When a homeowner couple with a passion for classic Americana wanted a new build, architect Patrick J. Burke delivered an 18th-century-style clapboard house, accompanied by a fieldstone guest barn which “gave it a true farm feeling,” as Burke explained to Architectural Digest in the home’s June 2008 feature. The two different styles give the compound the sense that it was built up over time—perfect for a couple who favor the age-worn. That being said, the architect added details that tied the structures together. For instance, he used the stone from the barn’s façade in a gable end on the primary structure. Stylewise, the property certainly passes as something from a century or three prior, but its abundance of windows speaks to more contemporary tastes, offering much more light inside than an untouched 18th-century farm house likely would.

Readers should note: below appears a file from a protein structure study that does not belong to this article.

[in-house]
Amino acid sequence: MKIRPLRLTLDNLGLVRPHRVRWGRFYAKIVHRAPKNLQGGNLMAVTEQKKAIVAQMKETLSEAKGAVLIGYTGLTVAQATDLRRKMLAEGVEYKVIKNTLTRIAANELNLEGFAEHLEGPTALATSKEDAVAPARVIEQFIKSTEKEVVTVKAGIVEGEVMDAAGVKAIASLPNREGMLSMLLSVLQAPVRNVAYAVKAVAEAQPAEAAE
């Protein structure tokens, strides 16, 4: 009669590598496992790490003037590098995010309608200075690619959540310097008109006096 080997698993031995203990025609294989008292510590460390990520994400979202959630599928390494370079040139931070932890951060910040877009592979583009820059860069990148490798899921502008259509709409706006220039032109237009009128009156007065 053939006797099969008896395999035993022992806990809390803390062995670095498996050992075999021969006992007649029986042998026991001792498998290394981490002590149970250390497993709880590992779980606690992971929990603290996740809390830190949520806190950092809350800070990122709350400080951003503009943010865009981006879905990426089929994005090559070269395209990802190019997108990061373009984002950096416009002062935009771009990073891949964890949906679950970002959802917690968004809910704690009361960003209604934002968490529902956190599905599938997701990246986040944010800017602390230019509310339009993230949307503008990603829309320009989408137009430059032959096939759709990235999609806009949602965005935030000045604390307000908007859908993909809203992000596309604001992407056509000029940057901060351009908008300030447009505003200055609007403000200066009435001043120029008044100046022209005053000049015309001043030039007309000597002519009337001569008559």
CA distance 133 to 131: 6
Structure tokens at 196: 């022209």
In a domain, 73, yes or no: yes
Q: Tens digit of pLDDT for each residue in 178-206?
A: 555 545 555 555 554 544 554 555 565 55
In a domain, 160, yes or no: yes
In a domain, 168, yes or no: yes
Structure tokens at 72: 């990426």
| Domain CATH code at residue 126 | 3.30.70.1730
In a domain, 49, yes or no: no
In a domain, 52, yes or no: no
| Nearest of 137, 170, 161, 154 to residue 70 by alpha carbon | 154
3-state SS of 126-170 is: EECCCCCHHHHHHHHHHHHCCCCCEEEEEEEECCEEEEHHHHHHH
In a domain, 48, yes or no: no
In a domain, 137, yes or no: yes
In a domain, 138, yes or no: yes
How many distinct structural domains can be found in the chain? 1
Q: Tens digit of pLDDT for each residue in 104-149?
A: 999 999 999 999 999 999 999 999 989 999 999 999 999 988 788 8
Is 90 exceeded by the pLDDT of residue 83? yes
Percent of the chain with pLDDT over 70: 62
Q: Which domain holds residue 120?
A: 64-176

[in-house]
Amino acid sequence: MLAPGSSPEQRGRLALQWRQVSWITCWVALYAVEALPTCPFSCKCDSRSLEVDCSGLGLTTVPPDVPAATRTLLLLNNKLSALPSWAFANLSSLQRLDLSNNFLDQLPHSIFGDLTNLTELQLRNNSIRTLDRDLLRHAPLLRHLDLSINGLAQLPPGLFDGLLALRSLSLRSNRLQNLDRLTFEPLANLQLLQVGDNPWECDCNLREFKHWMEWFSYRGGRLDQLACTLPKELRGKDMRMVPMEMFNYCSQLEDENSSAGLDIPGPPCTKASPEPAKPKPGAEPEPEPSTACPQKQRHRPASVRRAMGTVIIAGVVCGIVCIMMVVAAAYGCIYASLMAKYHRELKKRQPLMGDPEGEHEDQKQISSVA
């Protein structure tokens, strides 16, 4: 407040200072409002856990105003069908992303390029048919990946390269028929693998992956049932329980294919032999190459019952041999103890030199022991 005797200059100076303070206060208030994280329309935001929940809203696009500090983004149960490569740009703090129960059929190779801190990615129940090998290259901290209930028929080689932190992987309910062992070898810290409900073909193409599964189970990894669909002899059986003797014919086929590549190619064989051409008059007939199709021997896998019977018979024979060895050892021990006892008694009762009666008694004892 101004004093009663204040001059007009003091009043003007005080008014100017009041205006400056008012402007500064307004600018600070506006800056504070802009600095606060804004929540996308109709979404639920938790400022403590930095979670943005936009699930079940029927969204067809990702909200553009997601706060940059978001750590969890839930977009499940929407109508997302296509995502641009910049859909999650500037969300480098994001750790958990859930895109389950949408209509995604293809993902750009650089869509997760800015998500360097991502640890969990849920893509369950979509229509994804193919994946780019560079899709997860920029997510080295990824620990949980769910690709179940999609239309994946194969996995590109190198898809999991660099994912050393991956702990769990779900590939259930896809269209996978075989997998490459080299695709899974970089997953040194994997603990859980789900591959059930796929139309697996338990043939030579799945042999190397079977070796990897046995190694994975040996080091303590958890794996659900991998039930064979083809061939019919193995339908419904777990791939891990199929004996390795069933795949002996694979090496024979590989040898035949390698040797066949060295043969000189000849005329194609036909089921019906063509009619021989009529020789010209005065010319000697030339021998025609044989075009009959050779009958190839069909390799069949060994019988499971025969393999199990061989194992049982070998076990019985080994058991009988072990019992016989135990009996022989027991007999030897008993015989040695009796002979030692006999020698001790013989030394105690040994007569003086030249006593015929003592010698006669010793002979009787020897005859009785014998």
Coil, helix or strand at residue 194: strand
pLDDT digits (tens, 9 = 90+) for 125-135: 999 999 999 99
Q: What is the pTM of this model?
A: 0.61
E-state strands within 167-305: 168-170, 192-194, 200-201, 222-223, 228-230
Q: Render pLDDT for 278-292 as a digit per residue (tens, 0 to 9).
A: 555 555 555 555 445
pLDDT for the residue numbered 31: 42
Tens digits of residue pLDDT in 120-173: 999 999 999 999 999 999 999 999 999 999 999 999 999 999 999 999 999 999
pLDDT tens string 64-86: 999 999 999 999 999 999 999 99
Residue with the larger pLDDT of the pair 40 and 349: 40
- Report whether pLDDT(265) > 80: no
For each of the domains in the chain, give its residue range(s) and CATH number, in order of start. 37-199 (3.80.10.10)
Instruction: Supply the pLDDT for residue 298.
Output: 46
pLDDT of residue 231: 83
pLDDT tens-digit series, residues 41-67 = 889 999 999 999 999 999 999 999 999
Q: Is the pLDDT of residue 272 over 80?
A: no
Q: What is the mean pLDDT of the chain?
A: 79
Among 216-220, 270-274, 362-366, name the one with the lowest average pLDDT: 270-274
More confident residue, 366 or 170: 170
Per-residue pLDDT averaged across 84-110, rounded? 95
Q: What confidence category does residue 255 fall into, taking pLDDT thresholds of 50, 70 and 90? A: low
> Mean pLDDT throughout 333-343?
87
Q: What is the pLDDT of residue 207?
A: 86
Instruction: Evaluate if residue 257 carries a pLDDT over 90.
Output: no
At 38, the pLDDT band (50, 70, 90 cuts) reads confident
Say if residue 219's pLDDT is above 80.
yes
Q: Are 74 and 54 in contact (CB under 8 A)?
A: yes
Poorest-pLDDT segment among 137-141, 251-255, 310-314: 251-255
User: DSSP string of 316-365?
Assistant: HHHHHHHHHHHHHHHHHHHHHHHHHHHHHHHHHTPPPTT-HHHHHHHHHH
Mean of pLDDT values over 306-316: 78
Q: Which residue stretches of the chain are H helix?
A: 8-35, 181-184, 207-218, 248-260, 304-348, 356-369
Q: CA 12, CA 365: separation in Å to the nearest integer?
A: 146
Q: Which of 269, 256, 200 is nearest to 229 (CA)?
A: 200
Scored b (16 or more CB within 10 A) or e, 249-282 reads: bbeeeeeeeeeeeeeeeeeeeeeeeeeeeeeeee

A picturesque paddock view
When Calvin Klein cofounder Barry K. Schwartz and his wife Sheryl decided to make their 750-acre thoroughbred horse farm their primary residence, an overhaul was in order. Stonewall Farm had a farm house, but it was too small for their purposes. They hired architect Rebecca Rasmussen to craft a farm house for the New York property that would be fitting for a Kentucky horse farm, and ended up with a grand 26,000-square-foot Colonial-style residence. “The Schwartzes wanted a more traditional house on the outside, but inside they wanted it to be eclectic,” Kelly Hoppen explained to Architectural Digest in the home’s June 2005 feature. The home is set on a rise, offering a picturesque view of the small pond and horse paddocks.